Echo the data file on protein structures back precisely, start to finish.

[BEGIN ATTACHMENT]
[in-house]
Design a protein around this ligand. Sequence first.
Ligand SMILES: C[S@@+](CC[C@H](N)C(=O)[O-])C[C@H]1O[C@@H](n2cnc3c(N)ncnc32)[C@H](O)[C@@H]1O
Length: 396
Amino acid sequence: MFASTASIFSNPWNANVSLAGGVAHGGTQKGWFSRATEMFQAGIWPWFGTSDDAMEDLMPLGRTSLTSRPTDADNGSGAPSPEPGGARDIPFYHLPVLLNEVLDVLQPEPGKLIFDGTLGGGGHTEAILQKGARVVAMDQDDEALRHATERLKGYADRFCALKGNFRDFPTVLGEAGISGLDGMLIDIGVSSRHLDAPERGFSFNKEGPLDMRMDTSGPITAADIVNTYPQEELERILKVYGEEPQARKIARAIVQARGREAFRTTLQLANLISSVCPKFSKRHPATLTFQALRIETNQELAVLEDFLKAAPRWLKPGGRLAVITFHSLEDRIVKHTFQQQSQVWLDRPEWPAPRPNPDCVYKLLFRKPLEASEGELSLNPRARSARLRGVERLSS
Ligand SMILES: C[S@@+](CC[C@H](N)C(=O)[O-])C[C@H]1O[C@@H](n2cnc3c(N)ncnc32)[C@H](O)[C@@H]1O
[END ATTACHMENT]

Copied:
[in-house]
Design a protein around this ligand. Sequence first.
Ligand SMILES: C[S@@+](CC[C@H](N)C(=O)[O-])C[C@H]1O[C@@H](n2cnc3c(N)ncnc32)[C@H](O)[C@@H]1O
Length: 396
Amino acid sequence: MFASTASIFSNPWNANVSLAGGVAHGGTQKGWFSRATEMFQAGIWPWFGTSDDAMEDLMPLGRTSLTSRPTDADNGSGAPSPEPGGARDIPFYHLPVLLNEVLDVLQPEPGKLIFDGTLGGGGHTEAILQKGARVVAMDQDDEALRHATERLKGYADRFCALKGNFRDFPTVLGEAGISGLDGMLIDIGVSSRHLDAPERGFSFNKEGPLDMRMDTSGPITAADIVNTYPQEELERILKVYGEEPQARKIARAIVQARGREAFRTTLQLANLISSVCPKFSKRHPATLTFQALRIETNQELAVLEDFLKAAPRWLKPGGRLAVITFHSLEDRIVKHTFQQQSQVWLDRPEWPAPRPNPDCVYKLLFRKPLEASEGELSLNPRARSARLRGVERLSS
Ligand SMILES: C[S@@+](CC[C@H](N)C(=O)[O-])C[C@H]1O[C@@H](n2cnc3c(N)ncnc32)[C@H](O)[C@@H]1O